Are you getting ready to provide gifts this holiday season? If you’re anything like me, you’ve started your Christmas shopping already. I actually give gift cards a lot during the holidays. For my little nieces and nephew, I do a little more and buy actual toys. But for the adults — my siblings (and their spouses) and my parents — I like to get gift cards.
CardHub.com put out a list of great ideas for buying gift cards during the holiday season. Some of the items on the list include selling your unused gift cards to recoup some of the cash, and using wish lists to ensure that you get cards that others will use — or that you get a card that you will use. If your giftee has a wishlist at a particular retailer, there is a good chance that a gift card to that store will be appreciated.
Here are some of my favorite tips from the CardHub article, along with my own observations about purchasing gift cards for others during the holiday season:
This is related to the wishlists. Sure, you can get an all-purpose gift card that can be used by the recipient anywhere. But part of the fun of holiday gift-giving is that you give something frivolous and unique. I like to think of an experience that someone might enjoy. I find a local restaurant that the recipient might like — but not feel comfortable visiting on his or her own. Or, I get tickets to the movie theater because I know that the recipient would enjoy a movie. The idea is to make it fun and enjoyable for the recipient, in addition to being something he or she would use.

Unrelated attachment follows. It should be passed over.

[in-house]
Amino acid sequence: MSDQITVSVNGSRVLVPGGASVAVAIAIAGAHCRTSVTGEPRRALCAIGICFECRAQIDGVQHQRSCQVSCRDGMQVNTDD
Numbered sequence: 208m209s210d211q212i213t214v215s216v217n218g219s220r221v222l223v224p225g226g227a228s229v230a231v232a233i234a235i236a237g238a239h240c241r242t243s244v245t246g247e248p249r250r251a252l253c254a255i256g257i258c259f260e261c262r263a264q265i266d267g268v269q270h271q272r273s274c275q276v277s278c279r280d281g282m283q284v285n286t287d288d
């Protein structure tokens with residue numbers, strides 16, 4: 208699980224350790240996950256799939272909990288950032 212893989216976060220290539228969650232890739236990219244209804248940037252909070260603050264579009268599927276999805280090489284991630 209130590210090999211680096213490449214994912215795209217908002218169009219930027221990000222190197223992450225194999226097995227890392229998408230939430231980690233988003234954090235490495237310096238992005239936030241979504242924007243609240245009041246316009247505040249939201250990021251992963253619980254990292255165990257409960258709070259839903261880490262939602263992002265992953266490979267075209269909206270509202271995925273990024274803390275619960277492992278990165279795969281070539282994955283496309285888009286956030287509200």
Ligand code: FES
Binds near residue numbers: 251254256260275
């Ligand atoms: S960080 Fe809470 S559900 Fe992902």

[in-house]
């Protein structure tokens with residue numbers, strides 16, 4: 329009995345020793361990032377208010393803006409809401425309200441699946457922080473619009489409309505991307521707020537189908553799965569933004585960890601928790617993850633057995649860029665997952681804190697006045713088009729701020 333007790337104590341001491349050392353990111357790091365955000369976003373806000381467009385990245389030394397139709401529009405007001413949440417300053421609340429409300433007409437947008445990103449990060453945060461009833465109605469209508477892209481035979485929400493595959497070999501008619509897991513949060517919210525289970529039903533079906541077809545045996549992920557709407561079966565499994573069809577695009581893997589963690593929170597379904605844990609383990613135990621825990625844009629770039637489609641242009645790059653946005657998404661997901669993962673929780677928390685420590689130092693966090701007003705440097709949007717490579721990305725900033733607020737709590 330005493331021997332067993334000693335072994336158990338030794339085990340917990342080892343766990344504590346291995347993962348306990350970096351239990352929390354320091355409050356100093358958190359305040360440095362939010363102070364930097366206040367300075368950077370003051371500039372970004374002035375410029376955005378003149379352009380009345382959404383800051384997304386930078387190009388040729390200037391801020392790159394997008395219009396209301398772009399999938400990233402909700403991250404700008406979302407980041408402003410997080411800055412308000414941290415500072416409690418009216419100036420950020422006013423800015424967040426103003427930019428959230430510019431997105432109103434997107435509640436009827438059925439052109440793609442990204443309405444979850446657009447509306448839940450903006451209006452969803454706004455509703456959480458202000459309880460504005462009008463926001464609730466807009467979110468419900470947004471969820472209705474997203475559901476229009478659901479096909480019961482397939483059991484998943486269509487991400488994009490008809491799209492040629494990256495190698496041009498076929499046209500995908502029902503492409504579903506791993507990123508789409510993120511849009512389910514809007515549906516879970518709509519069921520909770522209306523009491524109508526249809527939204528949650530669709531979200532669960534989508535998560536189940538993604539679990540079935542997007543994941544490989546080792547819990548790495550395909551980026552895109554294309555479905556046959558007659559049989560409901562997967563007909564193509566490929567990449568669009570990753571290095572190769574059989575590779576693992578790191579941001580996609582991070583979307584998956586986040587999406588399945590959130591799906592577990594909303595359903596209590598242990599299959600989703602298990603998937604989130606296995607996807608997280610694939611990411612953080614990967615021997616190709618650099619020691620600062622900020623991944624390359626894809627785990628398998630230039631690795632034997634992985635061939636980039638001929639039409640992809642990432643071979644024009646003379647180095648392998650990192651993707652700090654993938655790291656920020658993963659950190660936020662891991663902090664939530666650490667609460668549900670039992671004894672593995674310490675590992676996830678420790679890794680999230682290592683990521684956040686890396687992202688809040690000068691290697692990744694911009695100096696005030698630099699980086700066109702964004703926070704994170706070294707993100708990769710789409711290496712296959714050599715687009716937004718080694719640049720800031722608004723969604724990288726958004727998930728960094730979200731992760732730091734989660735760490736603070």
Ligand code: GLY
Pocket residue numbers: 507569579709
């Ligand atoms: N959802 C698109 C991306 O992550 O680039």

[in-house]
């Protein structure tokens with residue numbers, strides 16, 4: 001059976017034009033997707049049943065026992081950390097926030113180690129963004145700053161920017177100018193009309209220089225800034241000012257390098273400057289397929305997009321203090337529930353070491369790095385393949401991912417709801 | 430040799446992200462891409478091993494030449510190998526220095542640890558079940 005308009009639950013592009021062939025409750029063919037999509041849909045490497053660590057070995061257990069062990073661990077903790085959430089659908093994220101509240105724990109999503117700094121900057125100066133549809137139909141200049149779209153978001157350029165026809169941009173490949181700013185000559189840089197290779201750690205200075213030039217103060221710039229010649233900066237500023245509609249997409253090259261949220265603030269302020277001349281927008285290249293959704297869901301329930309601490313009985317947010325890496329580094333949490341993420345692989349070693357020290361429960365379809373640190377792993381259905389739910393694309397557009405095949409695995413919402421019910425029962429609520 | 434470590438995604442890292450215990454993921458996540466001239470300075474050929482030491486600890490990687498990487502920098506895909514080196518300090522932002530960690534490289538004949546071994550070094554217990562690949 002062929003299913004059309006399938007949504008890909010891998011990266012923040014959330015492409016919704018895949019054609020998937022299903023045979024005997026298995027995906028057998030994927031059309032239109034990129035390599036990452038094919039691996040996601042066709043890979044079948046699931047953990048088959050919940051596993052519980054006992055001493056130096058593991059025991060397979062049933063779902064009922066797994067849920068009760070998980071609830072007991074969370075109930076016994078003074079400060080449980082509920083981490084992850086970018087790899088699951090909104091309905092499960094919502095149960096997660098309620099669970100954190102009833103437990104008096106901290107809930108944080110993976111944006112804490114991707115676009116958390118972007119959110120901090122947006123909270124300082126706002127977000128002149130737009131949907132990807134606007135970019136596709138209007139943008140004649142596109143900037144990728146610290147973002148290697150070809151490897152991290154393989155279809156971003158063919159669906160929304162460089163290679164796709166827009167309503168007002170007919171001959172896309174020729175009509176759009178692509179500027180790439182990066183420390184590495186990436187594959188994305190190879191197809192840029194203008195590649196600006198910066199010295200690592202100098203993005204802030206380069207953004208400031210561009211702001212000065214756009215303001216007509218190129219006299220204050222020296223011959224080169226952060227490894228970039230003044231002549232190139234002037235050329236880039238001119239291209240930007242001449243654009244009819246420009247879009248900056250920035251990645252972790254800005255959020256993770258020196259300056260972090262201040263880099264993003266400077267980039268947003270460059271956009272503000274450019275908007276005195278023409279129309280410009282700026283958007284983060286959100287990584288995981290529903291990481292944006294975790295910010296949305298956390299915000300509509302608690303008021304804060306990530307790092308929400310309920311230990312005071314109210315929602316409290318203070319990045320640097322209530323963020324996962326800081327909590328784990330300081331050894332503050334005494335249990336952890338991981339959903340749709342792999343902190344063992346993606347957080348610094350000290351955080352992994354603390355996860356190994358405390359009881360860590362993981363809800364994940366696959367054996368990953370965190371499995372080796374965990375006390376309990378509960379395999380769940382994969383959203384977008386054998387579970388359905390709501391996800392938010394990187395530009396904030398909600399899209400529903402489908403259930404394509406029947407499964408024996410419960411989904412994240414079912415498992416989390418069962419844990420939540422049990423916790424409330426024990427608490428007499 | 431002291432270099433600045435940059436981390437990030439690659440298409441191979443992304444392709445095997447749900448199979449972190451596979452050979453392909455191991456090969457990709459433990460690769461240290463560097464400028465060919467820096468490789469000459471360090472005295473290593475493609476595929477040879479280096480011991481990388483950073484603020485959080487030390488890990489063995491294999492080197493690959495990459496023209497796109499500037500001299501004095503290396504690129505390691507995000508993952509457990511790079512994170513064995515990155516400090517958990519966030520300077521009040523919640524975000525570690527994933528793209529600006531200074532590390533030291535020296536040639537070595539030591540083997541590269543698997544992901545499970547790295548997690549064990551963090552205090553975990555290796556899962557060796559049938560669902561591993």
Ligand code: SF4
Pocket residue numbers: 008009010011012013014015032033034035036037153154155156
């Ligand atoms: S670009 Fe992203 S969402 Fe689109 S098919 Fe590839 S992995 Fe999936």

I loved that HubCards included this item. I occasionally buy discounted gift cards using sites like GiftCardGranny.com, Cardpool.com, or purchasing through CityDeals. You can get more bang for your buck, and you can treat the recipient to something even better. Make a list of possibilities for the different people you are buying gifts for. Then, keep an eye out for discounted gift cards, as well as pay attention to social sites like Groupon and LivingSocial. You never know when the perfect discounted certificate or gift card will come along.
The Credit CARD Act of 2009 prohibits gift cards from expiring less than five years from when the gift card was issued or last reloaded, so that’s nice to know. But, as CardHub points out, there are other items to be on the watch for. Gift card issuers can charge up front fees (many all purpose cards from AmEx and Visa come with activation fees you pay at the register). Read the disclosures about the gift card to make sure that you are getting what you expect.
Also, if you buy discounted gift cards, make sure they will be valid where they are likely to be used. I once almost bought a discounted gift card to a franchise chain restaurant. Just before completing the purchase, I noticed it was a local discount, offered only at the restaurant owned locally. It would have been useless elsewhere. Be sure you know the terms, how much is available on the discounted card, and other details.
Do you give gift cards?
This post was last modified on February 18, 2013, 3:19 pm
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